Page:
Computed Columns in SQL Server

Computed columns are derived columns based on the other existing columns. Computed columns are a data type that can be created based on the situation.

We can create a computed column at either of the following two levels:

  1. Whenever we create the table.
  2. By using an alter statement.

First Way (using create table)

  1. create table Employee  
  2. (  
  3.   
  4.  FirstName varchar(100),  
  5.  LastName varchar(100),  
  6.  FullName as (FirstName+LastName)  
  7.   

I have created the Employee table with FirstName, LastName and FullName. Here FullName is a computed column since it depends on FirstName and LastName.

  1. insert into Employee (FirstName,LastName) values('Rakesh','Kalluri')  
  2. insert into Employee (FirstName,LastName) values('Rama','Kalluri')  
  3. insert into Employee (FirstName,LastName) values('Naresh','Chitanipu')  
  4. insert into Employee (FirstName,LastName) values('Lohith','Talluri'

In the preceding insert query I have not supplied a value for the FullName column, because it is a computed column automatically generated by the values when the data is stored.

select * from Employee


  1. insert into Employee (FirstName,LastName,FullName) values('Lohith','Talluri','LohithTalluri'

In the above insert query I am trying to insert a value to the FullName column but it gives an error because:

The column "FullName" cannot be modified because it is either a computed column or is the result of a UNION operator.

Second Way (using alter statement)

  1. alter table Employee add FullName as (FirstName+LastName) 

There are two types of computed columns.

  1. Persisted computed column.
  2. Non –persisted computed columns

Persisted Computed columns

Persisted computed columns are run whenever data is inserted or is updated in a table. A persisted computed field occupies memory for the data. Comparing to a persisted computed column is faster than a non-persisted computed column.

First Way

  1. create table Employee  
  2. (  
  3.    
  4.  FirstName varchar(100),  
  5.  LastName varchar(100),  
  6.  FullName as (FirstName+LastName) persisted  
  7.   

Second Way

  1. alter table Employee add FullName as (FirstName+LastName) persisted 

Memory Usage

  1. declare @start int=1  
  2. while(@start<10000)  
  3. begin  
  4.  insert into Employee (FirstName,LastName) values('Rakesh','Kalluri')  
  5. set @start=@start+1  
  6. end 

I have inserted 10000 records using the preceding query. Then checked how much memory was consumed for the Employee table as in the following:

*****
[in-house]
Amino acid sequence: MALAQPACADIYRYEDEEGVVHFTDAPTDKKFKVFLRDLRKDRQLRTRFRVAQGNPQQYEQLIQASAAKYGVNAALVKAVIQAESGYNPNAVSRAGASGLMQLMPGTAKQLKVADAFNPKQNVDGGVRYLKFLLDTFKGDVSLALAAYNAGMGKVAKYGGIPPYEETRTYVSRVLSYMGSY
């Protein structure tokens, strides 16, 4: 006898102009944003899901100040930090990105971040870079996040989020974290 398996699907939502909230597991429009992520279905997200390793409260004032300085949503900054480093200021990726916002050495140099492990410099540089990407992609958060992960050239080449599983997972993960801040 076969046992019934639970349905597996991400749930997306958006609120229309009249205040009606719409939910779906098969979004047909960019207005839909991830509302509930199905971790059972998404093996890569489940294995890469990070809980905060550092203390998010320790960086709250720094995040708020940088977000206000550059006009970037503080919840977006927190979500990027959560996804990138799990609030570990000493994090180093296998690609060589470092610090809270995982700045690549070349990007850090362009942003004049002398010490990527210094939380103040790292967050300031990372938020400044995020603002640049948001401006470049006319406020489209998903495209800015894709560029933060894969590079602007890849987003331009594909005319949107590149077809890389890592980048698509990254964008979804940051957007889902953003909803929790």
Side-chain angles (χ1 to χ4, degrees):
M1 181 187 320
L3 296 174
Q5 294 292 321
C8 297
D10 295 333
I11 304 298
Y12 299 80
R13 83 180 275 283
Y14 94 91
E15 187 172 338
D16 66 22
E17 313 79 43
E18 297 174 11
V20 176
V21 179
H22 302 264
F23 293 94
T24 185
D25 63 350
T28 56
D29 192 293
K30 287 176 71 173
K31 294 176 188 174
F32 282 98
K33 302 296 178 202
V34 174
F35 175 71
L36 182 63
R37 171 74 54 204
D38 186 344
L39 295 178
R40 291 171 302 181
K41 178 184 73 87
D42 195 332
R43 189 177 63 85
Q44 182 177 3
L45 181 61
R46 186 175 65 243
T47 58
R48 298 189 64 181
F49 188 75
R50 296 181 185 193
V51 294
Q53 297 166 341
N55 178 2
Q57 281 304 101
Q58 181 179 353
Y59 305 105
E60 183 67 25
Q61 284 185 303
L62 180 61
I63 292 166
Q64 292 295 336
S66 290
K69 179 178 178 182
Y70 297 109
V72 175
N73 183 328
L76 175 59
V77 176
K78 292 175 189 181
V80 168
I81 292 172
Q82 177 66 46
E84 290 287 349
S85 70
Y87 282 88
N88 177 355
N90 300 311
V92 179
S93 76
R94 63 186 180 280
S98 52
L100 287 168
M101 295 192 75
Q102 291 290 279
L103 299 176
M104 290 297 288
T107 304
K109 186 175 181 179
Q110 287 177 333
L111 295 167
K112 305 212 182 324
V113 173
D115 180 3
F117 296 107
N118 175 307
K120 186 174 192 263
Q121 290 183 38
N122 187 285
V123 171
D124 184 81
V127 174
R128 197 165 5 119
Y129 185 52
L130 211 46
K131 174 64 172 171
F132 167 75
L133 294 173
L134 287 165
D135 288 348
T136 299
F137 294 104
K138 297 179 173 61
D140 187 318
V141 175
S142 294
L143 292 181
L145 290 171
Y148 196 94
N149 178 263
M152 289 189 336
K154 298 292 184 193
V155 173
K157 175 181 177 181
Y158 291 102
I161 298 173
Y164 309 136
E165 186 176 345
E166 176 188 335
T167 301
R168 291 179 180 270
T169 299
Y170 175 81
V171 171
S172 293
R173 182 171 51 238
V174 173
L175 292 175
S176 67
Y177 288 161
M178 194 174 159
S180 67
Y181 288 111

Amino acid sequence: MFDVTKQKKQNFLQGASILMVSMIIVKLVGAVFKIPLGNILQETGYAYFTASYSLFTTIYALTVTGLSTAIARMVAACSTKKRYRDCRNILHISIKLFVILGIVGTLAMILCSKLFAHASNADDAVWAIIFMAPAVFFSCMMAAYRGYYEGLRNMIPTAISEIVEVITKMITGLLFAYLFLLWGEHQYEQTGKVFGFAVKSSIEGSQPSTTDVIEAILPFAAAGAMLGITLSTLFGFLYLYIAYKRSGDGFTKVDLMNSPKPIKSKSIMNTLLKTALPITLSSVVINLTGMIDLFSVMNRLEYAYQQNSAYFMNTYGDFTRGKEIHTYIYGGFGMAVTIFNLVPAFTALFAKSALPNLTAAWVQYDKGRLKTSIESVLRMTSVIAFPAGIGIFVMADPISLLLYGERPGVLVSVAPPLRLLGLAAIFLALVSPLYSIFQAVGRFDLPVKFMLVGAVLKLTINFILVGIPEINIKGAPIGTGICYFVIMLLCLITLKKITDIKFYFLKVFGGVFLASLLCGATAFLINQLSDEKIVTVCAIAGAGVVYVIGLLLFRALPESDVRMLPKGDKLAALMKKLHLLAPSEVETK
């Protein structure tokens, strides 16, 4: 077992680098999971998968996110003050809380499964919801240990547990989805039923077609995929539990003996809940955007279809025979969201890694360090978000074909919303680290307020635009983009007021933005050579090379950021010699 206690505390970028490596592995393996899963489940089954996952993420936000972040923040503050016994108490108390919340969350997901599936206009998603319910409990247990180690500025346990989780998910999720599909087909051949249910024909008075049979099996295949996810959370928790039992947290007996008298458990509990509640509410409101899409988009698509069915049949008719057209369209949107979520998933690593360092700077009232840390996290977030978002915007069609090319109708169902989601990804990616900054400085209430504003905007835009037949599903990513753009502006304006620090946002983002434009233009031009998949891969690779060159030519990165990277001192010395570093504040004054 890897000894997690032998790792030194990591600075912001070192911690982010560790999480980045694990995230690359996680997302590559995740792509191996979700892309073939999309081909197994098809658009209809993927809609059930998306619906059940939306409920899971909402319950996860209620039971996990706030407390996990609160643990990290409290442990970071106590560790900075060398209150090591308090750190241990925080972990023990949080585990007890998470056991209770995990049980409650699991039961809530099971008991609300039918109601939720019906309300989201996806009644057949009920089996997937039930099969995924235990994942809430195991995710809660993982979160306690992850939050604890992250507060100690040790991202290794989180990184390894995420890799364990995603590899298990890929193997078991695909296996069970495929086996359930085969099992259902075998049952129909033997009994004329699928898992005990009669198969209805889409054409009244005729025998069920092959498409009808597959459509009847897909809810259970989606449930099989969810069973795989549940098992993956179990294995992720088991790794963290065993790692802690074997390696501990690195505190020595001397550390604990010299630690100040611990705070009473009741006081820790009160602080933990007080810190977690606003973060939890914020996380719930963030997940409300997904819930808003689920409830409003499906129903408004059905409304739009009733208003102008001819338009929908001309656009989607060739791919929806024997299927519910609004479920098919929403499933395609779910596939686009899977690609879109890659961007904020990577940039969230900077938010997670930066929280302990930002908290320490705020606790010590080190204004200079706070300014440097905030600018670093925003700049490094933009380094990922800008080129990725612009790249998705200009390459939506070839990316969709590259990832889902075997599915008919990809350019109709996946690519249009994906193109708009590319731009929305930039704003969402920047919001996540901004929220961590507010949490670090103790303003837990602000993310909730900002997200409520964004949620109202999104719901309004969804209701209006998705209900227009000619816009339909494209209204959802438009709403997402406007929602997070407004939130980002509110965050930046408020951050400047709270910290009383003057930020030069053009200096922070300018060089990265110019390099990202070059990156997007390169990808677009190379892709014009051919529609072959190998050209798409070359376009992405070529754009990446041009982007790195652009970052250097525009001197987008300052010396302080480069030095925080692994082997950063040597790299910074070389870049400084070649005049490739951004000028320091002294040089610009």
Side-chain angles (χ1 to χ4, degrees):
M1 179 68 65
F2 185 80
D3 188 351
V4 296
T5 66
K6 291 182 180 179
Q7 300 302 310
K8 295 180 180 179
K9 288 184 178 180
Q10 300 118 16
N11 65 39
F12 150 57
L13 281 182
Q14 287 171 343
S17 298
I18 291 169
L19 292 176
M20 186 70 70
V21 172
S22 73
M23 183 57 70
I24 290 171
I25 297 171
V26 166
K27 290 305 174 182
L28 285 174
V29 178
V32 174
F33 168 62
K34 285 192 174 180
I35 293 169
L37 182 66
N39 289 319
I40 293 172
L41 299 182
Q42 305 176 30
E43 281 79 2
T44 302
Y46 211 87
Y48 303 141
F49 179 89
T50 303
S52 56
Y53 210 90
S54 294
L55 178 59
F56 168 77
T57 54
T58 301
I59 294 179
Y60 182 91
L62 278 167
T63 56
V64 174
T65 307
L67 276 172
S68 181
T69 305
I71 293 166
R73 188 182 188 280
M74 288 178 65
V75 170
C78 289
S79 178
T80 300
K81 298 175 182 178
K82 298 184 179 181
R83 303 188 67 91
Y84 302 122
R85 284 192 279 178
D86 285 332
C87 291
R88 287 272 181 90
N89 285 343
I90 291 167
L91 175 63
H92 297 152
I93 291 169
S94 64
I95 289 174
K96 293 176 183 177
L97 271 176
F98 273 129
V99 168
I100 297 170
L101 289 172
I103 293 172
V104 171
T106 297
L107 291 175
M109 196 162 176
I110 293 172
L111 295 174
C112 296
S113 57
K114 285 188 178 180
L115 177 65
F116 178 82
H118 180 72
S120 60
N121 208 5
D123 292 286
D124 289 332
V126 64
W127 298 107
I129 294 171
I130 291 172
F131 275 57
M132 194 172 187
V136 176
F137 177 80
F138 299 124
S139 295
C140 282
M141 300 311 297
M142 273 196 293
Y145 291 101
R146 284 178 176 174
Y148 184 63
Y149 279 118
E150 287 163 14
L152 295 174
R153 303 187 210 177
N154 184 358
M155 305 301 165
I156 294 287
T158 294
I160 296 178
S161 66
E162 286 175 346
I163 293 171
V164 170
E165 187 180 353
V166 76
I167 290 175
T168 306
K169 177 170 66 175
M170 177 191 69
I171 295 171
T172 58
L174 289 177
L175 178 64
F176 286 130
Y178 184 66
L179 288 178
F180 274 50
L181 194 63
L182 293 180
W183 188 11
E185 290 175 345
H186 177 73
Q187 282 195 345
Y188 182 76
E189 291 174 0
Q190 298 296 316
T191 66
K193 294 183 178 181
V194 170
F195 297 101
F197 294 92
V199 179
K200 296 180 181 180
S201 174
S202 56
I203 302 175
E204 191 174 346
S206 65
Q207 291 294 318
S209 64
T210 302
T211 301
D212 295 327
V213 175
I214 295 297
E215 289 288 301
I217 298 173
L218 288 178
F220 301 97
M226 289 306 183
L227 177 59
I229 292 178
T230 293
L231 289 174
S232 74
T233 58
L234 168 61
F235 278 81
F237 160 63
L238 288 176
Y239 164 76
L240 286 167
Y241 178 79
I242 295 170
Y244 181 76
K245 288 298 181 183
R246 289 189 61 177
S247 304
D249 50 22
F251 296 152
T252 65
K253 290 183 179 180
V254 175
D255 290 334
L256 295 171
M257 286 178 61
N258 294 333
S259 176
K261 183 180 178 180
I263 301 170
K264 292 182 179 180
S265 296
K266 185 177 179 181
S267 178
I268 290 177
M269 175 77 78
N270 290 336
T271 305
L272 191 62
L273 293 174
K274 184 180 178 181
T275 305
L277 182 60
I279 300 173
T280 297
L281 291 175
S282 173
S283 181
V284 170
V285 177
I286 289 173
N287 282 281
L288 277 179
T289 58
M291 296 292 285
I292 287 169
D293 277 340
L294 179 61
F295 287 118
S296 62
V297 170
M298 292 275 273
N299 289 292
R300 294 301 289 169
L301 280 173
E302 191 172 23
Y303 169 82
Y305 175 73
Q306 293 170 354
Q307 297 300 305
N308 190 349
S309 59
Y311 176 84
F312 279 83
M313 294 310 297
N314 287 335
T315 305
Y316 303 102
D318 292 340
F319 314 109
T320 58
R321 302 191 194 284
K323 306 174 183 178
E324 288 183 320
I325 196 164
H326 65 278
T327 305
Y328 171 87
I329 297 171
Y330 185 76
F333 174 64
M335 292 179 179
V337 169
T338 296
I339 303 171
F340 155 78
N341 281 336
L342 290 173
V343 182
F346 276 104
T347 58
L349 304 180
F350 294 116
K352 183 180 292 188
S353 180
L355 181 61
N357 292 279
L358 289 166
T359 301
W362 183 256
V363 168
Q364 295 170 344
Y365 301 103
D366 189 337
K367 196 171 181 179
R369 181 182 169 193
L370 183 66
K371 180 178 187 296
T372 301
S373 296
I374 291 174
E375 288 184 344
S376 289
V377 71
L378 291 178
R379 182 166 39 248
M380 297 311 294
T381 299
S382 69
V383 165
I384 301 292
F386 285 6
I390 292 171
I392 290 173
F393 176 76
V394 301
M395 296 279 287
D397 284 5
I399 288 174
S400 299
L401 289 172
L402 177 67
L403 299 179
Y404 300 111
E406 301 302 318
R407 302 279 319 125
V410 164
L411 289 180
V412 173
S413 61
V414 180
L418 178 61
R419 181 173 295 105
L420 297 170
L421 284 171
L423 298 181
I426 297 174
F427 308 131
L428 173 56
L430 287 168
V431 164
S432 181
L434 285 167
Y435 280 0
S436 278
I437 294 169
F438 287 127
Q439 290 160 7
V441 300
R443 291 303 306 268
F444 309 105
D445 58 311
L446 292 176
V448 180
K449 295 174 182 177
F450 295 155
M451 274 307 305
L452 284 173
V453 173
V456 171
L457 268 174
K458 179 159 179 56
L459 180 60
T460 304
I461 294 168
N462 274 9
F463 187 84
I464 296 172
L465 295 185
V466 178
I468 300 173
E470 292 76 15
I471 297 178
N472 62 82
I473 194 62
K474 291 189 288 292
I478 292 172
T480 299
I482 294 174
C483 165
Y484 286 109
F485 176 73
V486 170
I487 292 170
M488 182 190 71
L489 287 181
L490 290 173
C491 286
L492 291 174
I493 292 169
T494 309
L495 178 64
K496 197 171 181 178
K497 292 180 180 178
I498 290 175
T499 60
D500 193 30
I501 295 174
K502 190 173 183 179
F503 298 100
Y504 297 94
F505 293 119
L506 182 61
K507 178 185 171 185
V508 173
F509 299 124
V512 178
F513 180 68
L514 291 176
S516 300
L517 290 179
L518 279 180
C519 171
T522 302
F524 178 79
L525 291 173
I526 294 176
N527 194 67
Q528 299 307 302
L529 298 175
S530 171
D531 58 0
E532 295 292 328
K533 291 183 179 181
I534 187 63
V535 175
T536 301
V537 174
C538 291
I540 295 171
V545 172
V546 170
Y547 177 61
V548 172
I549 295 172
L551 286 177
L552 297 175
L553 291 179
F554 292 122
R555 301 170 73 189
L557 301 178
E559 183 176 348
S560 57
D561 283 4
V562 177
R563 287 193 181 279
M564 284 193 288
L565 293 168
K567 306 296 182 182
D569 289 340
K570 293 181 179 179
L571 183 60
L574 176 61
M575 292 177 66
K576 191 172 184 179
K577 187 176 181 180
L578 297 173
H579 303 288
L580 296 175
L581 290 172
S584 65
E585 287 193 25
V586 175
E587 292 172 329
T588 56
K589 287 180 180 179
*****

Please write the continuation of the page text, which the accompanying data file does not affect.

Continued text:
1. sp_spaceused Employee 



If we observe, the preceding table occupies 448 KB when the column is persisted.



Performance

Non-Persisted Computed columns

Non-Persisted computed columns are run whenever data is selected from a table. A Non-Persisted computed field does not occupy memory for the data, because it is executed when the data is selected. Comparions to non-persisted computed columns is slower than persisted computed columns.

First Way

  1. create table Employee  
  2. (  
  3.    
  4.  FirstName varchar(100),  
  5.  LastName varchar(100),  
  6.  FullName as (FirstName+LastName)   
  7.   

Second Way

alter table Employee add FullName as (FirstName+LastName)

Memory Usage

  1. declare @start int=1  
  2. while(@start<10000)  
  3. begin  
  4. insert into Employee (FirstName,LastName) values('Rakesh','Kalluri')  
  5. set @start=@start+1  
  6. end 

I have inserted 10000 records using the receding query. Then checked how much memory was consumed for the Employee table as in the following:

sp_spaceused Employee



If we observe, preceding table occupies 296 KB when the column is non-persisted.

Performance




Limitations:

  1. You cannot drop a dependent column whenever a computed column exists in a table.
    alter table Employee drop column FirstName
    Whenever the preceding query is run the following error will occur:
    ALTER TABLE DROP COLUMN FirstName failed because one or more objects access this column.
  2. You can create persisted computed columns in SQL Server 2000.
  3. You cannot reference columns from an other table.
  4. You cannot do insert or update operations on a computed column.
  5. You cannot change an existing computed column definition using an alter statement.